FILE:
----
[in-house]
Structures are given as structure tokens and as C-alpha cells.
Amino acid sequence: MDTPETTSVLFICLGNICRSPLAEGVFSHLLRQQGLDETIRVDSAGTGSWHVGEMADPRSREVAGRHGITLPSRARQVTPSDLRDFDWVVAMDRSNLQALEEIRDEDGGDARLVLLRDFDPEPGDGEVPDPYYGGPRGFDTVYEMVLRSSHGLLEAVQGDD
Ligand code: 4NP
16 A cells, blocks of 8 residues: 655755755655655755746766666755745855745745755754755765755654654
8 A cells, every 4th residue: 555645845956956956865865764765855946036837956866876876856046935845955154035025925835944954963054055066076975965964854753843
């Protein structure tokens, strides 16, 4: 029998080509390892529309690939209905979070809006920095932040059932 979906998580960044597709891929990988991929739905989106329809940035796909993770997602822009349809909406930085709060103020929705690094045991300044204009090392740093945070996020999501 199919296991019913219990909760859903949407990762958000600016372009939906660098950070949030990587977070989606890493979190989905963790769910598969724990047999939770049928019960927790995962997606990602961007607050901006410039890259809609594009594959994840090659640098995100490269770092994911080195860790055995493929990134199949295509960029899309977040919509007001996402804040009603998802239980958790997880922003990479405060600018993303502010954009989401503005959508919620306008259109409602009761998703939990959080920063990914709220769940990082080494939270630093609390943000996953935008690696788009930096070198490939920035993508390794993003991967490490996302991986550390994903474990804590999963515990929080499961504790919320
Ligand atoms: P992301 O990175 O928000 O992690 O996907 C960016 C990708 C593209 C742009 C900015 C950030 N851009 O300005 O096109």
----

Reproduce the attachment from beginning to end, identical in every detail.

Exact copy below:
[in-house]
Structures are given as structure tokens and as C-alpha cells.
Amino acid sequence: MDTPETTSVLFICLGNICRSPLAEGVFSHLLRQQGLDETIRVDSAGTGSWHVGEMADPRSREVAGRHGITLPSRARQVTPSDLRDFDWVVAMDRSNLQALEEIRDEDGGDARLVLLRDFDPEPGDGEVPDPYYGGPRGFDTVYEMVLRSSHGLLEAVQGDD
Ligand code: 4NP
16 A cells, blocks of 8 residues: 655755755655655755746766666755745855745745755754755765755654654
8 A cells, every 4th residue: 555645845956956956865865764765855946036837956866876876856046935845955154035025925835944954963054055066076975965964854753843
């Protein structure tokens, strides 16, 4: 029998080509390892529309690939209905979070809006920095932040059932 979906998580960044597709891929990988991929739905989106329809940035796909993770997602822009349809909406930085709060103020929705690094045991300044204009090392740093945070996020999501 199919296991019913219990909760859903949407990762958000600016372009939906660098950070949030990587977070989606890493979190989905963790769910598969724990047999939770049928019960927790995962997606990602961007607050901006410039890259809609594009594959994840090659640098995100490269770092994911080195860790055995493929990134199949295509960029899309977040919509007001996402804040009603998802239980958790997880922003990479405060600018993303502010954009989401503005959508919620306008259109409602009761998703939990959080920063990914709220769940990082080494939270630093609390943000996953935008690696788009930096070198490939920035993508390794993003991967490490996302991986550390994903474990804590999963515990929080499961504790919320
Ligand atoms: P992301 O990175 O928000 O992690 O996907 C960016 C990708 C593209 C742009 C900015 C950030 N851009 O300005 O096109």